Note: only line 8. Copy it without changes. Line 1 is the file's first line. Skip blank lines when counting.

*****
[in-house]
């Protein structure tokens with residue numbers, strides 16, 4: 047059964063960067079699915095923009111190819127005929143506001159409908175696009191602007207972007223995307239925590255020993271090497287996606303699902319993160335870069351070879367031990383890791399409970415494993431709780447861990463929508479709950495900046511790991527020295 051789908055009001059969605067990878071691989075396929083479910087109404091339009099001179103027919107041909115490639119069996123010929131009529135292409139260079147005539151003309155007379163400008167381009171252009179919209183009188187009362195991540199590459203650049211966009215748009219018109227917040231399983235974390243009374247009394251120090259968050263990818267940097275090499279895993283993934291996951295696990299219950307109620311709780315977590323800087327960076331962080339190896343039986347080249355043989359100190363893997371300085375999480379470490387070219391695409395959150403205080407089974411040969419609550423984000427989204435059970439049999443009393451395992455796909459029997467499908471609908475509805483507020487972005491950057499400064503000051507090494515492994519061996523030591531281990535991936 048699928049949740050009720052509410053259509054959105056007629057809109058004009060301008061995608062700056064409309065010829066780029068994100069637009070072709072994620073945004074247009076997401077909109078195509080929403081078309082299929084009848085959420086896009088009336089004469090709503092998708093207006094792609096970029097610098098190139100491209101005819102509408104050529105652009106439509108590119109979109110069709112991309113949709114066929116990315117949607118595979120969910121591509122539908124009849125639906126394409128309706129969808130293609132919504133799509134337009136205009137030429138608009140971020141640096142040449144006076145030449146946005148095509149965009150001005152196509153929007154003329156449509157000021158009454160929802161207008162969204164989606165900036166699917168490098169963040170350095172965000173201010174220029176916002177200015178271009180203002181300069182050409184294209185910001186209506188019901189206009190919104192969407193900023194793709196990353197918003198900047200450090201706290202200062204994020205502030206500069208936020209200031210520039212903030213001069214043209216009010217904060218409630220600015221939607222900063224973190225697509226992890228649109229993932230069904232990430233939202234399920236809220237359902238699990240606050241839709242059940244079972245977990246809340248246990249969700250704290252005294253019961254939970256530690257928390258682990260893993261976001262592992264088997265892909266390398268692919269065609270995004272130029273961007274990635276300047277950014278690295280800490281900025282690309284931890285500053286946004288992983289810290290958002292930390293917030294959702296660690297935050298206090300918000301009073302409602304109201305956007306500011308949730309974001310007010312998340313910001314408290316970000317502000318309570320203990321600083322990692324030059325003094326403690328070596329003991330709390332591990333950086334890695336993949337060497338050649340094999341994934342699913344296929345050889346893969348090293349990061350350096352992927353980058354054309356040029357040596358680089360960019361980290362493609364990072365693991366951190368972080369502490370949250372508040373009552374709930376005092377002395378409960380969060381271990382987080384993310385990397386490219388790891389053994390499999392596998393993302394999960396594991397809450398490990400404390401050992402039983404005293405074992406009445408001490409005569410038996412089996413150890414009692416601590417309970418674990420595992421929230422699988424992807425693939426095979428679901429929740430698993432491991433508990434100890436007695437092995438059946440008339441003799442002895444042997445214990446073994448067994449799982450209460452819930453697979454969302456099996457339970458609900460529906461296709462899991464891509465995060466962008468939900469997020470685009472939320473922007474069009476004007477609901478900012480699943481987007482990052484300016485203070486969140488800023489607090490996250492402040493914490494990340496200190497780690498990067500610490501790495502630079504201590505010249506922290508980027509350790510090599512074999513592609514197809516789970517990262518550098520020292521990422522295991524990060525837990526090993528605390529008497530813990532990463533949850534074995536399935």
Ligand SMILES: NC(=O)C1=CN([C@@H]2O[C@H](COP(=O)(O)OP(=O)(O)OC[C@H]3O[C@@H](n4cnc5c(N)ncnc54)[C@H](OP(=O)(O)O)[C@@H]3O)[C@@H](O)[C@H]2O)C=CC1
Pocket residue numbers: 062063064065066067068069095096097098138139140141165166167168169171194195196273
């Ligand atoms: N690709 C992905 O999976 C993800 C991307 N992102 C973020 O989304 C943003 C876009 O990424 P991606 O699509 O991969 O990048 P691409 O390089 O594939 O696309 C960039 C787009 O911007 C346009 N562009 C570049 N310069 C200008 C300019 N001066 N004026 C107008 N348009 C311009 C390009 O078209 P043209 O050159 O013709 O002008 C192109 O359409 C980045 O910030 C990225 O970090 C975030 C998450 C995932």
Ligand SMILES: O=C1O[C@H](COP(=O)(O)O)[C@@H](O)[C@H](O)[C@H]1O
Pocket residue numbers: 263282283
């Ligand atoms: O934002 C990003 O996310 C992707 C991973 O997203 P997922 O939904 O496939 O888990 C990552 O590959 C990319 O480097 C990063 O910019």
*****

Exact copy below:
């Ligand atoms: O934002 C990003 O996310 C992707 C991973 O997203 P997922 O939904 O496939 O888990 C990552 O590959 C990319 O480097 C990063 O910019």